350th anniversary of the establishment of the fixed centigrade scale of the thermometer from the freezing point to the boiling point of water (Ch. Huygens, R. Hooke, about 1660).
250th anniversary of the final formulation of the law of conservation of matter (M. V. Lomonosov, 1760).
250th anniversary of The Consideration of Solidity and Fluidity of Bodies [in Russian] (M. V. Lomonosov, 1760).
150th anniversary of urotropine synthesis (A. M. Butlerov, 1860).
125th anniversary of the creation of electrolytic dissociation theory (S. A. Arrhenius, 1885-1887).
125th anniversary of Lois de l’équilibre chimique… (Laws of Chemical Equilibrium, J. H. van’t Hoff, 1885).
75th anniversary of isolation of the lipid-soluble vitamin K (H. Dam, 1935, for this work he was awarded the Nobel Prize for 1943).
75th anniversary of discovery of the amino acid threonine (W. C. Rose, 1935).
75th anniversary of first use of isotopes as labels in studies of intermediate metabolism (R. Schoenheimer, D. Rittenberg, 1935).
75th anniversary of discovery that some di- and tricarboxylic acids accelerate tissue oxidation of glucose and other substances (A. Szent Györgyi von Nagyrapolt, 1935).
75th anniversary of discovery of hydrogen-transporting enzyme and its nicotinamide-containing coenzyme moiety (O. Warburg, 1935-1937).
75th anniversary of creation of A. N. Bach Institute of Biological Chemistry (Moscow, 1935).
January 10 – 70th anniversary of birth of Aleksandr Ivanovich Archakov (1940, born in the town of Kashin, Tverskaya Oblast), Russian biochemist, Academician of the Russian Academy of Medical Sciences, winner of state awards. From 1979 he was Chief of the Chair of Biochemistry, Biomedical Faculty, II Moscow Medical Institute (now Russian State Medical University). From 1989 he was Director of the Institute of Biological and Medical Chemistry (now Orekhovich Institute of Biomedical Chemistry). Main fields of his works: proteomics and bioinformatics; membrane structure and molecular mechanisms of their damage and reconstruction; molecular recognition in enzyme systems; design and synthesis of new drugs. Winner of state awards: 1983 for works in the field of free radical lipid peroxidation; 1989 for the studies on biochemistry of atherosclerosis; 1998 for the work Microsomal Oxidation and Drug Metabolism: Mechanisms of Cytochrome P450-Catalyzed Reactions and Their Modeling. Editor-in-Chief of the journal Biomedical Chemistry (from 2001). Awarded the Russian Federation Government Prize (2002). Bibliography: Lipid Peroxidation in Biological Membranes (1972) Nauka, Moscow (with colleagues); Microsomal Oxidation (1975) Nauka, Moscow; Oxygenases of Biological Membranes (1983) Nauka, Moscow; Cholesterolosis (1983) Meditsina, Moscow (with colleagues); Prediction of Medical Science Development for 2000-2005 (2000) Moscow (with colleagues). Literature: 60 Years of the Russian Academy of Medical Sciences (2004) Moscow, 347 p.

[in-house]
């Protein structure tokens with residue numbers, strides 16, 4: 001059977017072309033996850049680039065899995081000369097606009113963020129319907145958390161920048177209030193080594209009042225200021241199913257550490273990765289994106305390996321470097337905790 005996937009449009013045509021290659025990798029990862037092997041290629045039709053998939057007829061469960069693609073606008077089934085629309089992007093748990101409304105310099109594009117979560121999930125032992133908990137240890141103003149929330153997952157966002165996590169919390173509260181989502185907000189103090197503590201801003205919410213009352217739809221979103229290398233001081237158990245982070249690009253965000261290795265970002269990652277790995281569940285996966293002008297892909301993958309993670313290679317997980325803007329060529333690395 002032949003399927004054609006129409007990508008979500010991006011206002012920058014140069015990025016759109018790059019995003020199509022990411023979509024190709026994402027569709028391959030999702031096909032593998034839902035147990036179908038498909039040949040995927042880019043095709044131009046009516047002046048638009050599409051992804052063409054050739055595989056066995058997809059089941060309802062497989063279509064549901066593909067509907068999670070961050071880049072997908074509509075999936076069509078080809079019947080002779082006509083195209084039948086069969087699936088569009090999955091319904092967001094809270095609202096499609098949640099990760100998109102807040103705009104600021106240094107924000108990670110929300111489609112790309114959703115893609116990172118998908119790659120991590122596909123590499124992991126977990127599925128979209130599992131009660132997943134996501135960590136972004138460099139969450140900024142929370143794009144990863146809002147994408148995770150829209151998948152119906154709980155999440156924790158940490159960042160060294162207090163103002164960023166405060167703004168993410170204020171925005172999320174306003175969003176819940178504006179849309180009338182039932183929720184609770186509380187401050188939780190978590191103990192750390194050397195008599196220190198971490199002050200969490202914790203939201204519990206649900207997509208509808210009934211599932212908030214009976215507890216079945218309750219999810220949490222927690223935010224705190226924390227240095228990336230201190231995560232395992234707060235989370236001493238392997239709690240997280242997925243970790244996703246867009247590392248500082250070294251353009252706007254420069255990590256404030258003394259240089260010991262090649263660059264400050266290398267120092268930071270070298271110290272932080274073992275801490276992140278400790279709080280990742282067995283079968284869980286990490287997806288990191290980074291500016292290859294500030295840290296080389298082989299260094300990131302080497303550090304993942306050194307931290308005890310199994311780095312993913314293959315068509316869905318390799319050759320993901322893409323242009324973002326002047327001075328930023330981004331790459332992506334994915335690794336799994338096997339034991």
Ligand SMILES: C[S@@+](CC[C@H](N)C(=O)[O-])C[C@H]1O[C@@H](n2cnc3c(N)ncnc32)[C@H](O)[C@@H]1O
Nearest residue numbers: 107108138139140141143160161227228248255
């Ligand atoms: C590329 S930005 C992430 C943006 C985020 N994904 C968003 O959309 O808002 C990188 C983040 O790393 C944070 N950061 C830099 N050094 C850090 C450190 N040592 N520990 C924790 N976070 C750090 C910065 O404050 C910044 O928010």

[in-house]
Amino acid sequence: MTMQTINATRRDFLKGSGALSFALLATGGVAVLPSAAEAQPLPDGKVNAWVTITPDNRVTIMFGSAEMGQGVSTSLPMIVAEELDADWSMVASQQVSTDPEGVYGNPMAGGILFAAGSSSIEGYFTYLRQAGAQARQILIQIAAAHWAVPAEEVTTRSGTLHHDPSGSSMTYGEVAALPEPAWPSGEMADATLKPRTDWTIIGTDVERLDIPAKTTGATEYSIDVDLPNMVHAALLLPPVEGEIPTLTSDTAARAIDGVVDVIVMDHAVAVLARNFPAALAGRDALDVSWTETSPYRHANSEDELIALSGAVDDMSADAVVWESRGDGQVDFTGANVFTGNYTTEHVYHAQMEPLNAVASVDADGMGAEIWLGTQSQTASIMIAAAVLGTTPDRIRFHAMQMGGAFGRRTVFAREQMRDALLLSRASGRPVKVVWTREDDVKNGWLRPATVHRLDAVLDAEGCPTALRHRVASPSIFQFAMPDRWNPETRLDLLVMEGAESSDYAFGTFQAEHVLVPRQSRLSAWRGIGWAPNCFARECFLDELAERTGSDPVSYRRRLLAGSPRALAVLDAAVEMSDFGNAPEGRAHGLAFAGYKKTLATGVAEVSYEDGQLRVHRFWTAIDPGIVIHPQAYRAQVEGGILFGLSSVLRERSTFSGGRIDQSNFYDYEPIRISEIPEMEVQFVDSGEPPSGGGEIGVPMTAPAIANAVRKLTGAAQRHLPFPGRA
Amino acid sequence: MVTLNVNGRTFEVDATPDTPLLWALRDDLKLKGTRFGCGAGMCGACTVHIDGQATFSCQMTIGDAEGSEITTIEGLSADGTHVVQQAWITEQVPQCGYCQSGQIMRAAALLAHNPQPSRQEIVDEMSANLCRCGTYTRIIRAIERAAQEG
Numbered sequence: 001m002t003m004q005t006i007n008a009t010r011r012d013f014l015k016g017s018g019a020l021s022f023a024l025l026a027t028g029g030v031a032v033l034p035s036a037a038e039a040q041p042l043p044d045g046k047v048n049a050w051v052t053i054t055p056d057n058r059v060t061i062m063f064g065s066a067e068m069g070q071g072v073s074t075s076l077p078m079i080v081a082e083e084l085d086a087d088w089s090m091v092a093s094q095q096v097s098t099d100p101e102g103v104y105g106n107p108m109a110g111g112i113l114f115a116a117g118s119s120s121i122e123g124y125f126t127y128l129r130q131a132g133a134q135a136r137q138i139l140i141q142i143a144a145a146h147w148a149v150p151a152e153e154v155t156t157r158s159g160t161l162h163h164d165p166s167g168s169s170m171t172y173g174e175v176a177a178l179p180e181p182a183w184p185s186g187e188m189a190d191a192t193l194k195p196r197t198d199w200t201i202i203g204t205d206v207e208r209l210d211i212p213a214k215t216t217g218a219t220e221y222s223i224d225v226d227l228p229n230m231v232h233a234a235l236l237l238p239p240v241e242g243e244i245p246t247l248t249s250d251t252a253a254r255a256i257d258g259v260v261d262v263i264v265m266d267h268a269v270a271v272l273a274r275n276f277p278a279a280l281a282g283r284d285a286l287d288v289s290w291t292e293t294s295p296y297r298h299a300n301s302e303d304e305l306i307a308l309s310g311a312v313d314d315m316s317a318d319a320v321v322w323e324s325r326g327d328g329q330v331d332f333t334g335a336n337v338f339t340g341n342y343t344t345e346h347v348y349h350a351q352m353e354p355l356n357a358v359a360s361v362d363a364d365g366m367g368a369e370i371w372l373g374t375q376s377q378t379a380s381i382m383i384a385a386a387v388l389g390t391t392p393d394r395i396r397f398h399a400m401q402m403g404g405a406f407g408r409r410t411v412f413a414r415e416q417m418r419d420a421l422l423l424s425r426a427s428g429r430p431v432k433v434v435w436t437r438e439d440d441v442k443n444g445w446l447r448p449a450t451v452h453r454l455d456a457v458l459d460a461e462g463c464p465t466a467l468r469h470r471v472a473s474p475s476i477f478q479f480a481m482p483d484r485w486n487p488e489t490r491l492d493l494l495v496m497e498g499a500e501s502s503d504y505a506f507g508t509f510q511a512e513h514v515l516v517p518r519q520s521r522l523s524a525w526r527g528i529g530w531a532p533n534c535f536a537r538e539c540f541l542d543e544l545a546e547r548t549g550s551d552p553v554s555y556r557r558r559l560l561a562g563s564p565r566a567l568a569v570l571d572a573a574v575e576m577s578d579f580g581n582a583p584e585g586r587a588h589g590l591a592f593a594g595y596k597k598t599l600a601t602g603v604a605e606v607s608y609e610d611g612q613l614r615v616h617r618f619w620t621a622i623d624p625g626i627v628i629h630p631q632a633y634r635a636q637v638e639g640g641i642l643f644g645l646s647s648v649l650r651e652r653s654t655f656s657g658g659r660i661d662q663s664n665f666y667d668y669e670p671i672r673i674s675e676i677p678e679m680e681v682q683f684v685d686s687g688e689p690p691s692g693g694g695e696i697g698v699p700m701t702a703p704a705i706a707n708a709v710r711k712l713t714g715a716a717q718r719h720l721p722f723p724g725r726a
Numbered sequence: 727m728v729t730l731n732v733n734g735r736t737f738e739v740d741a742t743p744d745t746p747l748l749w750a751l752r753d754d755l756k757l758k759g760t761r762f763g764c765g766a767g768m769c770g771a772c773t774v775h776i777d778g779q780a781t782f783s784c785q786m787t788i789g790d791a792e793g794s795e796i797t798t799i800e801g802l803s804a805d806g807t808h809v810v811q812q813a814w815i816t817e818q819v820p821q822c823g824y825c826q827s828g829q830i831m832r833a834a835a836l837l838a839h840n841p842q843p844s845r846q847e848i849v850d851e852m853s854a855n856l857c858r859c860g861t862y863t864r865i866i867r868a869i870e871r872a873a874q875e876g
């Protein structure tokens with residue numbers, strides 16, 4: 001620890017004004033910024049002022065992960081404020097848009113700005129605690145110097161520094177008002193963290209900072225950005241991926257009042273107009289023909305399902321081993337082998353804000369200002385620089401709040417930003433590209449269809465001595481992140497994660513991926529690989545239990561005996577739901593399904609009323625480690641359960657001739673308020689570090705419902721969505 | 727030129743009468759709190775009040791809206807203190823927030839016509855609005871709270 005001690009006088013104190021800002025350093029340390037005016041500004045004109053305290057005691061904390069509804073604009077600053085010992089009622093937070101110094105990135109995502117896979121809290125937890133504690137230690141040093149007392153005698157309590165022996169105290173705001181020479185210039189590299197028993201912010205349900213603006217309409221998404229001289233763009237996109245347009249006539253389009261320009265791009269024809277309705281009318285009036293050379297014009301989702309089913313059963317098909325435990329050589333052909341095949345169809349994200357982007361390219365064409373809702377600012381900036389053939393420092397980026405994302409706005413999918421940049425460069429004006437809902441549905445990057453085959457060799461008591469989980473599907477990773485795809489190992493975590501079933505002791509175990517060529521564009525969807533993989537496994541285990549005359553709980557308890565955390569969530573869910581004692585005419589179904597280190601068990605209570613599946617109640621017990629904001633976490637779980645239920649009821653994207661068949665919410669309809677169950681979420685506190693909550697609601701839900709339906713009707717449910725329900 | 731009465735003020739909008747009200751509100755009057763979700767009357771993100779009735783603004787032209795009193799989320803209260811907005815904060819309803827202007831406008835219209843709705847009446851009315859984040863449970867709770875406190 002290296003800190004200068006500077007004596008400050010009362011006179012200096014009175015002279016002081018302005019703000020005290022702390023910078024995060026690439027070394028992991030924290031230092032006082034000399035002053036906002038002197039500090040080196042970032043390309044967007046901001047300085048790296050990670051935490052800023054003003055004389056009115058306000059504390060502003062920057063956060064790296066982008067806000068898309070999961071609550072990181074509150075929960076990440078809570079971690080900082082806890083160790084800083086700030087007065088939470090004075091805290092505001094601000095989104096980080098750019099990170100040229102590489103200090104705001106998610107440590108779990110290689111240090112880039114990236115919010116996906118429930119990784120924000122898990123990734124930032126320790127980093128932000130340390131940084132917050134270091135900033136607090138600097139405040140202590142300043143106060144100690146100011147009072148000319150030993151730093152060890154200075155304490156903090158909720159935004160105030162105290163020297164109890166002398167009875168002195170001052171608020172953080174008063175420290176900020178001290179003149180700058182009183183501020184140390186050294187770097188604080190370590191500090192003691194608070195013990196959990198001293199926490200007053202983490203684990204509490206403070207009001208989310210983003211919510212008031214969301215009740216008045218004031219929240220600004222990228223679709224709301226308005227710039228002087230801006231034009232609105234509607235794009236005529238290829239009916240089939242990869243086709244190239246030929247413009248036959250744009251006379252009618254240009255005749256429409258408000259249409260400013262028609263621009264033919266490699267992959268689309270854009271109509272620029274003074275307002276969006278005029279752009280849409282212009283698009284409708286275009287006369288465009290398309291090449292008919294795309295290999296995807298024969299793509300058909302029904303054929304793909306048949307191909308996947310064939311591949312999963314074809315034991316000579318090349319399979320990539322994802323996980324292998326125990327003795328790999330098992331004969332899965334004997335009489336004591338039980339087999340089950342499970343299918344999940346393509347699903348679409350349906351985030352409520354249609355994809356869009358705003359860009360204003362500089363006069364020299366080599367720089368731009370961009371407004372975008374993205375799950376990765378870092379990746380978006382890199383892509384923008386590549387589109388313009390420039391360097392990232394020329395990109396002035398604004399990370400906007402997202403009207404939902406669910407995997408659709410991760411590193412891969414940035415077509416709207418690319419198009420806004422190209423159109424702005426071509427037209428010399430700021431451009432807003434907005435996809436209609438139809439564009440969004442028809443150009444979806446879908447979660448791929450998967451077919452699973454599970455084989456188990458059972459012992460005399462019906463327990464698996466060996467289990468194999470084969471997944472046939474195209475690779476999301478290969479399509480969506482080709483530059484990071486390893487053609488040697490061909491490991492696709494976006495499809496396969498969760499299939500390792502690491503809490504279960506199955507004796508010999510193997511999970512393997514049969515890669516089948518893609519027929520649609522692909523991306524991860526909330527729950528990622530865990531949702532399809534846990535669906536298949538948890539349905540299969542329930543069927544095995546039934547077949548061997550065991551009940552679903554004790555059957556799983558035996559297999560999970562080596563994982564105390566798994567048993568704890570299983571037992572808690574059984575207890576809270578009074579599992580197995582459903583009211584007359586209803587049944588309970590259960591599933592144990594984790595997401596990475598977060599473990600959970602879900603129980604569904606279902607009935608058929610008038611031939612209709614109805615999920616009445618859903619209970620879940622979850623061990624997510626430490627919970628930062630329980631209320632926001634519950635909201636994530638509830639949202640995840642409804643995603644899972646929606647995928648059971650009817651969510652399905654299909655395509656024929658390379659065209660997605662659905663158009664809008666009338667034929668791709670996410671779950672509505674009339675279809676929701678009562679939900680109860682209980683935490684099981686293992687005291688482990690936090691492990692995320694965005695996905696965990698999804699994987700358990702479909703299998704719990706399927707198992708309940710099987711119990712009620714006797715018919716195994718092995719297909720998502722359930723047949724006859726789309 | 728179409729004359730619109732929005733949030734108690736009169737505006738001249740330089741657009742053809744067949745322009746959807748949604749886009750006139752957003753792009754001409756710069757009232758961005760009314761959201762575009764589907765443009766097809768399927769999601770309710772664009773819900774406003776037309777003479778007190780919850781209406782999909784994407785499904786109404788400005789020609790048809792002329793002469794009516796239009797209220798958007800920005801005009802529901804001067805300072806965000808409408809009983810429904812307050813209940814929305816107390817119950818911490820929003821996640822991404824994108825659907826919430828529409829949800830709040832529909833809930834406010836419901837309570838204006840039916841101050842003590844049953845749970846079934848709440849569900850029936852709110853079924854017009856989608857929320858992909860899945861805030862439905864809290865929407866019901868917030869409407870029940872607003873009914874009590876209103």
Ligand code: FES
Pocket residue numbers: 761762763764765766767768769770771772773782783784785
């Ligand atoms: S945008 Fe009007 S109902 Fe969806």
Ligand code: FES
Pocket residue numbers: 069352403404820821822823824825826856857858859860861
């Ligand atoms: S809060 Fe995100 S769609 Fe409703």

February 9 – 100th anniversary of the birth of J. L. Monod (1910-1976), French biochemist and microbiologist, Director of the Pasteur Institute (1971). He is a coauthor of the operon concept, which is a part of the theory of genetic organization and regulation (1961) that has been very fruitful for development of molecular genetics. For contribution to development of genetics and establishment of the development mechanism of some viral diseases he was awarded the Nobel Prize (1965, jointly with A. Lwoff and F. Jacob). Bibliography and literature: Great Soviet Encyclopedia, 3rd edition.